Familial DNA: Hanging From The Family Tree

Lonnie Franklin, Jr., aka the Grim Sleeper, was finally caught and charged with his crimes. Franklin, a serial killer who murdered ten women in two separate killing sprees beginning as early as 1985, wasn’t caught in the normal Sherlock-Holmesish manner. No, detectives didn’t use line-ups, interrogations, or lie detectors. No magnifying glasses and fingerprint comparison. In the beginning they’d didn’t even resort to conventional DNA testing or CODIS to help locate their suspect. Instead, they used a controversial method of DNA testing called Familial DNA.

Familial DNA testing differs from the traditional DNA testing where near 100% slam-dunk-accurate results are achieved by comparing DNA found at the crime to the suspect’s DNA. This manner of DNA testing compares close-but-not-exact matches of evidence gathered at the crime scene to the state’s DNA database (only two states, California and Colorado, allow the use of familial DNA for criminal cases). In California, a total of 1.3 felons have DNA samples registered in the system.

This still much-debated manner of DNA testing focused (in Franklin’s case) on 15 areas of DNA on 13 chromosomes, which included the 13 regions used by the FBI’s CODIS system, and two additional regions required by the state of California. What scientists hoped to find were patterns of base pairs that repeated themselves over and over again (short tandem repeats). If found, it’s highly possible and maybe even probable (note that I said possible and maybe probable) that those similar repeating patterns could point to people who are related. But, the shared pattern must be a rare variation of the repeat rather than a common one in order for the results to point to a family member.

Scientists use software to generate a list of very close relatives (parents, full siblings, and children) from a DNA database. They look for these very close matches because the statistics simply aren’t sound enough to identify relatives any further down the family tree. If the matches are male, scientists are able to determine if the connection is between father and son, or full brothers. They do so by examining the Y chromosome.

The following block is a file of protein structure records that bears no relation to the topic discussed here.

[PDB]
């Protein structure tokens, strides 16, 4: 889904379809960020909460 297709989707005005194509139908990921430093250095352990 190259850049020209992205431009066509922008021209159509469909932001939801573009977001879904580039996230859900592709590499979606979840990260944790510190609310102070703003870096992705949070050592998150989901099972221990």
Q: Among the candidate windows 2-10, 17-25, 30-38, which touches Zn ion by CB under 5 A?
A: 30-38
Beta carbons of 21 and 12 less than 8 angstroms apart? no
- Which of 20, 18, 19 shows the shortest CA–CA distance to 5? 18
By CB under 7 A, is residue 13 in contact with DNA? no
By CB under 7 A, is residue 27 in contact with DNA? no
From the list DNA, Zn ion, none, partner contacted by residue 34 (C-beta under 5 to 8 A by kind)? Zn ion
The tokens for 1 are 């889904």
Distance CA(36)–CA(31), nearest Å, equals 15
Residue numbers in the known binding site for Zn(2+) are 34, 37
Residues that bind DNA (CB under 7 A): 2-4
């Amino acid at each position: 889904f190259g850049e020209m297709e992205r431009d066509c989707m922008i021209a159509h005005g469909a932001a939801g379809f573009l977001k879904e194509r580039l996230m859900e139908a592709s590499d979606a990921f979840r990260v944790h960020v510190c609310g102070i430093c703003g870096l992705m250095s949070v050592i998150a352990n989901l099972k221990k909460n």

In the Franklin case, a second possible match turned up—Christopher Franklin, the son of Lonnie Franklin, Jr. Christopher Franklin was in the database because he’d been arrested on a felony weapons charge. However, other evidence ruled out the possibility that he was the killer. Therefore, officers focused their attention on Lonnie Franklin, Jr. They followed the elder Franklin and finally obtained a sample of his actual DNA by recovering a partially eaten piece of pizza. Franklin’s DNA matched the DNA (using traditional DNA testing) found at one of the crime scenes, and police arrested him at his home last week on July 7.

Familial DNA testing seems to working quite well. However, there are drawbacks. Scientists say that out of a million or so people, hundreds of other individuals could have a close enough match on CODIS markers to indicate that they are indeed a relative, even if they’re not. Reasonable doubt? Certainly. Slam dunk? Certainly not. Will Lonnie Franklin, Jr. be convicted based on a familial DNA search? Maybe so, maybe no. Let’s hope so, but the doubt has already been planted. After all, the search also indicated his son. Who else could be implicated if the search was conducted over a larger area? Suppose the defense opens up the can of worms that the killer could have come from another state? Did authorities test people from those areas? Nope. But, authorities have successfully convicted criminals based on familial DNA searches. For example, it led to a guilty plea in a car theft case in Colorado in 2009. Still, notice the conviction was based on a plea agreement, not on evidence alone.

I’m anxious to see how this one turns out.

L.A. Now photo

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